Posted on April 2, 2021

Rotherham Child Sexual Abuse Survivor Says ‘Monster’ Gang Ringleader Treated Her Like ‘Dead Body on a Slab’

Monica Greep, Daily Mail, March 24, 2021

A Rotherham grooming gang survivor says her abuser treated her like a ‘dead body on a slab in a morgue’ and branded him an ‘absolute monster’.

Sammy Woodhouse, 35, was sexually abused as a 14-year-old by ringleader Arshid ‘Ash’ Hussain and bravely waived her anonymity as a rape victim to expose the paedophile gang.

Arshid Hussain

Arshid Hussain

She was subjected to horrendous abuse including rape, assaults and coercion with threats to kill her family at the hands of Hussain, and in 1999 at the age of 15, Sammy fell pregnant with the 25-year-old’s baby.

Opening up about her experience on Crime+Investigation programme Survivors, she told how she was ‘completely out of her depth’ as a teenager and had no idea how ‘dangerous’ Hussain would be.

‘I was pretty much his sex doll; he was an absolute monster. I just felt like a dead body on a slab in a morgue’, Sammy said.

Hussain was part of a gang in Rotherham, South Yorkshire, who along with many other groups abused over 1,000 children between 1997 and 2013. He was jailed for 35 years in 2016 for 23 offences involving nine women, including Sammy.

‘I grew up in Rotherham, about two and a half miles from the town centre’, said Sammy. ‘I was your average, everyday little girl I suppose.’

From the age of four Sammy’s dream was to be a dancer, and at 11-years-old she joined a national aerobics squad and began dancing all over the country

‘It was great. We would get a minibus and go to my coach and manager’s house in the morning and get your hair and make-up done and we’d all chant songs,’ she recalled.

However when her grades at school began to slip, her parents pulled her from the dance team, with Sammy admitting: ‘I started to develop a little bit of a lip, so my parents thought by doing that as a punishment would be the best thing.

‘I think for me when I stopped dancing it had a massive effect, it was something I focused my whole life around. So for that to be stopped and taken away, it did affect things.’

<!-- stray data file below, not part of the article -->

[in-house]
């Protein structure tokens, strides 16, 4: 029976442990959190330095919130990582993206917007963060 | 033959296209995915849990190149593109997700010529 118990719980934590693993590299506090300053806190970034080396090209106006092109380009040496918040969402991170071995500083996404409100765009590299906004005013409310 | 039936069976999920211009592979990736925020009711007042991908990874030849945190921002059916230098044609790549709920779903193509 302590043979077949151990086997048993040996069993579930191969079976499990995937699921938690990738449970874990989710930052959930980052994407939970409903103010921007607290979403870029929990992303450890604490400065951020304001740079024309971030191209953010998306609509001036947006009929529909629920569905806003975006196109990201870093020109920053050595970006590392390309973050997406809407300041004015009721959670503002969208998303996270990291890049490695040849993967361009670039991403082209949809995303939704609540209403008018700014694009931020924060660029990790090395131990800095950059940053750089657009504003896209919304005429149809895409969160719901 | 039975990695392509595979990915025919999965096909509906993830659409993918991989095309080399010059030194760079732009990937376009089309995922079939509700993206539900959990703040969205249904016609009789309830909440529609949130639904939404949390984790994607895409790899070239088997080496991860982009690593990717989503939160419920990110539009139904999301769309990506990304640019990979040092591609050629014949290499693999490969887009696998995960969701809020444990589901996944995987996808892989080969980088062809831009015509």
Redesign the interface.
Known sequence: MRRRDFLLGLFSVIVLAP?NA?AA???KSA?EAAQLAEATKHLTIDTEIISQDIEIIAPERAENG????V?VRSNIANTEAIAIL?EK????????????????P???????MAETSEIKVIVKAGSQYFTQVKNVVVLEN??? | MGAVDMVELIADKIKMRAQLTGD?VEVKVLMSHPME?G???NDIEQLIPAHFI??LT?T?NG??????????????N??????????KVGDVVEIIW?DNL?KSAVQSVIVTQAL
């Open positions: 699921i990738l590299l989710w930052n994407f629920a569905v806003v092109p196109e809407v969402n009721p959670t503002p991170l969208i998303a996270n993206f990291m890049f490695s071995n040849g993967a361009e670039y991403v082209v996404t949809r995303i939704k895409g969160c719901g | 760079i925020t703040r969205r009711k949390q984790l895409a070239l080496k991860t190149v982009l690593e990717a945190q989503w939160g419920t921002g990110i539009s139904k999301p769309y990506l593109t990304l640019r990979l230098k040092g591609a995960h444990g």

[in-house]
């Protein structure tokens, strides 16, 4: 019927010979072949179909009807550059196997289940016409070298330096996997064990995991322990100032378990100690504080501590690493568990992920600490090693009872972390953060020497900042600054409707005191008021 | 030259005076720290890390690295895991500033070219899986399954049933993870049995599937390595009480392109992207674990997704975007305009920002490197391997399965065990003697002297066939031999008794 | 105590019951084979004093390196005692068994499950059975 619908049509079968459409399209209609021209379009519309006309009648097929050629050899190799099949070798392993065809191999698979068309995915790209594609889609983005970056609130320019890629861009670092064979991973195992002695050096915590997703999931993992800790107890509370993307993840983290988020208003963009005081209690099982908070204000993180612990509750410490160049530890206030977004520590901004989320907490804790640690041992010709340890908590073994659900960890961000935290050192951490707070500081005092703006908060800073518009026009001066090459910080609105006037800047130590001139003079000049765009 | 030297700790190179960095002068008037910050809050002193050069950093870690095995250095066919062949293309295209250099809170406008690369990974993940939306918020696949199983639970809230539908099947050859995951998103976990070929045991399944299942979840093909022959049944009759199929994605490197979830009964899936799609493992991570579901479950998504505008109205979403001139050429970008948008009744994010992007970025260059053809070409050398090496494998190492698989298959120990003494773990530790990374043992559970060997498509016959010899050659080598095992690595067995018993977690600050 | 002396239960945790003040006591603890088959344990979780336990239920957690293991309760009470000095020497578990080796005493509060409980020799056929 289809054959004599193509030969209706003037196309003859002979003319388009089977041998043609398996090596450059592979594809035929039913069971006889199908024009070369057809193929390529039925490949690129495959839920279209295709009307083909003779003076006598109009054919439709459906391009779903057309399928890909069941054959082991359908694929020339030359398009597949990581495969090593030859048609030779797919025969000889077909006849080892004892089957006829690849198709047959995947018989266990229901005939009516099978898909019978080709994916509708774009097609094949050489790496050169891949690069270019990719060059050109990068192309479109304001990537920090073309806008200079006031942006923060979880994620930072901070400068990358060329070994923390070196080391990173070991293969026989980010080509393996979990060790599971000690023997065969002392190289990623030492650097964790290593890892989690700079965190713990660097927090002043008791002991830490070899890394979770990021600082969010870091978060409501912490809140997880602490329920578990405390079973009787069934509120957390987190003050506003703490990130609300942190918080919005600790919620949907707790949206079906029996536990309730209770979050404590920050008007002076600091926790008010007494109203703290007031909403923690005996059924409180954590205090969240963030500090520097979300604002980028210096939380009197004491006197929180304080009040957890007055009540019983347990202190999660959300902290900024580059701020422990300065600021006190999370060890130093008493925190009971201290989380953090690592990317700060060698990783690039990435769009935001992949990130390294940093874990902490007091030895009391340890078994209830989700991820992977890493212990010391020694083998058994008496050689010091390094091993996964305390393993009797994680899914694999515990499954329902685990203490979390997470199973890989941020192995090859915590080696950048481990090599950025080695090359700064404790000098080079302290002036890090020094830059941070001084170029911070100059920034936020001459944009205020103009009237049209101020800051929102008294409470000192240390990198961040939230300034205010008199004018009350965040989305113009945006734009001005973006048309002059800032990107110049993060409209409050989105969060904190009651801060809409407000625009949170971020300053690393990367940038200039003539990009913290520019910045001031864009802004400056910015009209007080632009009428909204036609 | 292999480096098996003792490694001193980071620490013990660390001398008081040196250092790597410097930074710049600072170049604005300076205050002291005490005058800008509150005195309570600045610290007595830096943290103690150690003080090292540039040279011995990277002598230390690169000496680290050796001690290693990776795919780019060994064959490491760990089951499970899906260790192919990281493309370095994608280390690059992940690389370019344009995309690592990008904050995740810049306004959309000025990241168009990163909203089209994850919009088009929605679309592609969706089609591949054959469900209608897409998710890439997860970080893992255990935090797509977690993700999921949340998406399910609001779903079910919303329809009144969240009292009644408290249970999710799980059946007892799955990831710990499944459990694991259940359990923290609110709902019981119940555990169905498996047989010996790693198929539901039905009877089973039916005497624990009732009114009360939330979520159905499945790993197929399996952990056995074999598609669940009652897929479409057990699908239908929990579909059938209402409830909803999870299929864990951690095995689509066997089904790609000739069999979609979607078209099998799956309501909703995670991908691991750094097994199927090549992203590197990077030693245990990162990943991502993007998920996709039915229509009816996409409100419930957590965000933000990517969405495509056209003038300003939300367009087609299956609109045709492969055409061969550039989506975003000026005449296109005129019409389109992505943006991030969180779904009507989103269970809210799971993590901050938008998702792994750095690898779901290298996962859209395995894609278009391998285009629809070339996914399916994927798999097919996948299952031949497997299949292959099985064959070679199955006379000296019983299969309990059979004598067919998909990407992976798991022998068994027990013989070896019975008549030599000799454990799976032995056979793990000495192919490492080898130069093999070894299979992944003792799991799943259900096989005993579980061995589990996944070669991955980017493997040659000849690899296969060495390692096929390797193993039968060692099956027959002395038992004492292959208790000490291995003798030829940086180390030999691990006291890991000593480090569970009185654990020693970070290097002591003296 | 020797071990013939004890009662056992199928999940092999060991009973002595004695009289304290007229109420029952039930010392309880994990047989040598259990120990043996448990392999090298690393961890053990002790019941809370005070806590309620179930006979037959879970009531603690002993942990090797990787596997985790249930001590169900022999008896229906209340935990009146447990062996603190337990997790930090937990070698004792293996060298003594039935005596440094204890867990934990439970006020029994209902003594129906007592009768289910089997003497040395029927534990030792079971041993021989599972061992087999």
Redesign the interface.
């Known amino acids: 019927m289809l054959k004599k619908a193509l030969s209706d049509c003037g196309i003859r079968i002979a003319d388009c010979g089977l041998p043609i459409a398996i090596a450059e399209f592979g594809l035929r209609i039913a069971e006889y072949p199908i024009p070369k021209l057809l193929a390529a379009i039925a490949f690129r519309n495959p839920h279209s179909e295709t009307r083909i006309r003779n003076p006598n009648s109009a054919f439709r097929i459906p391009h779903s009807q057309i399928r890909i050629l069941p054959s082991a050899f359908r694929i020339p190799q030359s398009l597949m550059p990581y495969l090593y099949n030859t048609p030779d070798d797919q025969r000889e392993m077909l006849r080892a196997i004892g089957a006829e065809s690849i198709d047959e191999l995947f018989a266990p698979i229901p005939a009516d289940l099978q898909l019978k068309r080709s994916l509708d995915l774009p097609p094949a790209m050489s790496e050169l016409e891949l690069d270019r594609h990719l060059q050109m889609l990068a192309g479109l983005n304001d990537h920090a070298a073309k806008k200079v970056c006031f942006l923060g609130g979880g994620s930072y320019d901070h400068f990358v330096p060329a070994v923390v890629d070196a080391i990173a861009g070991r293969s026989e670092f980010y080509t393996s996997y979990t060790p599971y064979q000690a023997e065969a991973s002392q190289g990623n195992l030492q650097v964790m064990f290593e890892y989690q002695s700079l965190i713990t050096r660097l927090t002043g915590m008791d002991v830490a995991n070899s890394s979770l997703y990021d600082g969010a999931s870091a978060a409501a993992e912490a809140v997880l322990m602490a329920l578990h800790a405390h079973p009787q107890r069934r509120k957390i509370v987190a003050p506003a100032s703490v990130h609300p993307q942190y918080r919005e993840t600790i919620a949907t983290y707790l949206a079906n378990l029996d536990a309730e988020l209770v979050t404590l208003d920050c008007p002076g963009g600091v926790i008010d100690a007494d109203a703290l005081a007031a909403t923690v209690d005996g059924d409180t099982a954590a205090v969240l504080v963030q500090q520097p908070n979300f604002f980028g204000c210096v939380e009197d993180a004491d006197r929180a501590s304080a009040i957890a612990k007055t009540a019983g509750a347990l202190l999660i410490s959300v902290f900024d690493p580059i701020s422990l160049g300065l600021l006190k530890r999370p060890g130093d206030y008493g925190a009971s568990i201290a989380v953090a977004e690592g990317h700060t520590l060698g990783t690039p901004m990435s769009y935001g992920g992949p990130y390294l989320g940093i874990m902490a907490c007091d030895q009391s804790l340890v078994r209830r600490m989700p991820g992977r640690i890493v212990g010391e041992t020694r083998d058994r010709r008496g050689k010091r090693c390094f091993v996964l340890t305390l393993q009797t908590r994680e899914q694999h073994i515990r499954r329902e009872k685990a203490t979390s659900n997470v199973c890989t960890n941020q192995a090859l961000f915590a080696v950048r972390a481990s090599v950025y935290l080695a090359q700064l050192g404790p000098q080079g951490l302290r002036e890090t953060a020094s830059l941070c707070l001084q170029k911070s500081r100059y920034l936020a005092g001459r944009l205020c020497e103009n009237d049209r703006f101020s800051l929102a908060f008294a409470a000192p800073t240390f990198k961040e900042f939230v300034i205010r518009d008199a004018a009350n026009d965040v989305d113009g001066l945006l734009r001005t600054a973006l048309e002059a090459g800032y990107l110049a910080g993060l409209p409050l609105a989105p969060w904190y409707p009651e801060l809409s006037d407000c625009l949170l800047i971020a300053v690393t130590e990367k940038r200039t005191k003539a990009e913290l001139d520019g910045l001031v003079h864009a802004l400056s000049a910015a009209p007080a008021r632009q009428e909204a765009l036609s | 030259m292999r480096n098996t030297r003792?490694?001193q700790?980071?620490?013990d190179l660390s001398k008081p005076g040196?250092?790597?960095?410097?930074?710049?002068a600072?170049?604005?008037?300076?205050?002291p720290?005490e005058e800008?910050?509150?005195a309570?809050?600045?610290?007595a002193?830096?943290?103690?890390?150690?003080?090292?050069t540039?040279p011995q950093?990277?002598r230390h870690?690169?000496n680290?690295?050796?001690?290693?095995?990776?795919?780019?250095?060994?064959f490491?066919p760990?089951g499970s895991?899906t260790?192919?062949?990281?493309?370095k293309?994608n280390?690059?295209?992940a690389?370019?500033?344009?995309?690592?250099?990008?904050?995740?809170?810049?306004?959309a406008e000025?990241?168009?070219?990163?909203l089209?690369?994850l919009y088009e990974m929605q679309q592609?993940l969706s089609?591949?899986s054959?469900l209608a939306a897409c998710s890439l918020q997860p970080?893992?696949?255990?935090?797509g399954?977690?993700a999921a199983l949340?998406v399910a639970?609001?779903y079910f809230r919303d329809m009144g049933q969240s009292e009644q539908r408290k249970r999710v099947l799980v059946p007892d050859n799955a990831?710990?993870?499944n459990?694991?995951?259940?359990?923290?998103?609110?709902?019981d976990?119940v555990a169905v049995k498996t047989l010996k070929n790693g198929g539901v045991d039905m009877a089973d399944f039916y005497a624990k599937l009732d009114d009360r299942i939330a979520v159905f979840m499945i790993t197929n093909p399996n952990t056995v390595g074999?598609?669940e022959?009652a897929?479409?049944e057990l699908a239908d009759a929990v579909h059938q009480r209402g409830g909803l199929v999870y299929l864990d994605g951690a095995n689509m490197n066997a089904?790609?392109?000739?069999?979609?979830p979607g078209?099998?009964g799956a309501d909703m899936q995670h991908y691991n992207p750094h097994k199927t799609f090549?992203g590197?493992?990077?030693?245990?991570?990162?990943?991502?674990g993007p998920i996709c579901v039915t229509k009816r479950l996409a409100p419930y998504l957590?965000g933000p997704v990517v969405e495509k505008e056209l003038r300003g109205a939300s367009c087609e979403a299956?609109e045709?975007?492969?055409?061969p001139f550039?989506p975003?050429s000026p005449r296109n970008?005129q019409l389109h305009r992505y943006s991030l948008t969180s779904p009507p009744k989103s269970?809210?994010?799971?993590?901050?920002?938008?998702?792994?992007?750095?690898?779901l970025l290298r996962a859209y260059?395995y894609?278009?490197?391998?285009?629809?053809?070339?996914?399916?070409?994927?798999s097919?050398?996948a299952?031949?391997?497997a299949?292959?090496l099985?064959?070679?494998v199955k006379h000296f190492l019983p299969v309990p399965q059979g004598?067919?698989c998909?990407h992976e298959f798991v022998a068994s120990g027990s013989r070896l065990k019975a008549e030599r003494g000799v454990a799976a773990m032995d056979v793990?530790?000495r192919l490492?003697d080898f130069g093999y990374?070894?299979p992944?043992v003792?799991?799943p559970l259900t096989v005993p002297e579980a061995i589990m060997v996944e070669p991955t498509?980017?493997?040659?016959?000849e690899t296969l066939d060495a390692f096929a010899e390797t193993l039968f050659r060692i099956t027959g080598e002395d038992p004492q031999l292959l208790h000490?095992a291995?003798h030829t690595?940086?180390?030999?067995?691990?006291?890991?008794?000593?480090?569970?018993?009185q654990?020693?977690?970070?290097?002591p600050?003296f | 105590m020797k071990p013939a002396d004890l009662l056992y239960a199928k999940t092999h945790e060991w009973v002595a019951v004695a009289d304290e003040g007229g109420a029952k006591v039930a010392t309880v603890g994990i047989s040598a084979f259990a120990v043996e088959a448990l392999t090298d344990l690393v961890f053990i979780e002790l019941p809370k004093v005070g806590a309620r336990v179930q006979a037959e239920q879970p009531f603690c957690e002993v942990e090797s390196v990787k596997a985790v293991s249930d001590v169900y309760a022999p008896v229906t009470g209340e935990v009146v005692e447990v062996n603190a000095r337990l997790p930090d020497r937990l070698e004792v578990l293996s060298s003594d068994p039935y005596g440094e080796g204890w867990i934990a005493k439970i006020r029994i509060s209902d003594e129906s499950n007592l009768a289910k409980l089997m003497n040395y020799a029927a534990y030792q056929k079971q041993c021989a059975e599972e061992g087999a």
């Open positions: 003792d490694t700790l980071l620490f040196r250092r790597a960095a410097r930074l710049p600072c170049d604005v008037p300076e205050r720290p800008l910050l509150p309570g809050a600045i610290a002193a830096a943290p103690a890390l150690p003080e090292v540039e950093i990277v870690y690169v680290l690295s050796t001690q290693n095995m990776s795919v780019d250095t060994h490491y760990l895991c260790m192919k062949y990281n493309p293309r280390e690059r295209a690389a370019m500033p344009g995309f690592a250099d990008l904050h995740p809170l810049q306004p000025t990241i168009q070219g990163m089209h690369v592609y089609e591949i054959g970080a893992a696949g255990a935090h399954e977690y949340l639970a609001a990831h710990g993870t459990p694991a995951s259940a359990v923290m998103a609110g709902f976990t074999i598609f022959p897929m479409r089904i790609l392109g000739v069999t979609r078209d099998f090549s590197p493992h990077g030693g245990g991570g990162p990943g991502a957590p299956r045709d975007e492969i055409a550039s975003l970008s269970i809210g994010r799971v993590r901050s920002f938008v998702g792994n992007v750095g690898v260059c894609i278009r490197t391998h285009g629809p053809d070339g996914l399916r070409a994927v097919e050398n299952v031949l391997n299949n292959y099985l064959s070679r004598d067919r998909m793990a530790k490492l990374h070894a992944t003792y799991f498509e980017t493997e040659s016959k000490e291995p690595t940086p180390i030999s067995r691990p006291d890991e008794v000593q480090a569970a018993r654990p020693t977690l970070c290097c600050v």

Without dancing to pass the time, Sammy began spending more time with her friends, spending evenings in the park drinking and smoking.

‘There was a particular area where my dad grew up and he hated me being there’, said Sammy. ‘He always said if you go out you are not allowed to be in that area.

‘It was known for people going out smoking cannabis, drinking, my dad didn’t want me involved in that and my life had gone from being a dancer to going up to the park with a packet of fags and litre of White Lightning with my mates. That was what my life was, that was cool for us to do.’

Sammy first met Hussain through a friend and she quickly became besotted as he groomed the teen by taking her out, buying her presents, and paying her compliments.

‘I was on my local shop with a friend and he started to drive up the street in a silver Astra and I will never forget the first moment I saw him,’ said Sammy.

‘He was good looking, he was well dressed, he had a big gold chain on…I was just instantly mesmerised by him.’

She added: ‘I just thought, “Wow who’s he?”. He made me feel like an adult and I remember as a kid I always wanted to be an adult, I always wanted to be further on in my years than I was and he made me feel that way.’

While she was just 14, Sammy says she appeared even younger when the pair met and that she quickly started spending more and more time with her abuser.

‘Things between him and me escalated really quickly,’ she said.

‘I had a curfew and I was constantly breaking curfew and that’s how my parents started to suspect things, because I was being late and sometimes not even coming home at all.’

Sammy was grounded when her parents found out about the relationship, telling how Hussain isolated her from her family by solely blaming Sammy’s father for the family’s concerns.

‘What he did was actual very clever,’ she said. ‘He worked out the dynamics in my family, he knew my dad was more strict and my mum was more of a best friend. So what he did was started to turn me more against my dad rather than my mum.

‘So he would say “Actually your dad doesn’t like me, but your mum likes me, but she’ll never admit it because she’s scared of your dad”.’

She went on: ‘I started to go missing quite a lot, not just for days but for months and weeks at a time.’

Hussain was a drug dealer who Sammy says was feared in the area, but as a young and impressionable teen, she had no idea of the potential consequences.

‘A lot of people feared him and for me where I live and grew up that wasn’t necessarily something I had never heard of’, she said, ‘It didn’t really bother me, it is what it is. You don’t as a kid think about consequences, I just went with the flow.’

As well as sexual abuse, Hussain forced Sammy to participate in criminal acts, including driving a stolen car after a post office raid, a burglary, and 20 counts of criminal damage.

‘I was completely out of my depth’, she said, ‘I didn’t recognise it was dangerous and wrong I thought I’m a teenager having a bit of fun, how bad can things get.’

Sammy escaped her abuser when he was sent to prison in 2001 for a violent offence, but was instrumental in exposing the gang after she approached The Times anonymously with her claims, leading to the Jay Inquiry.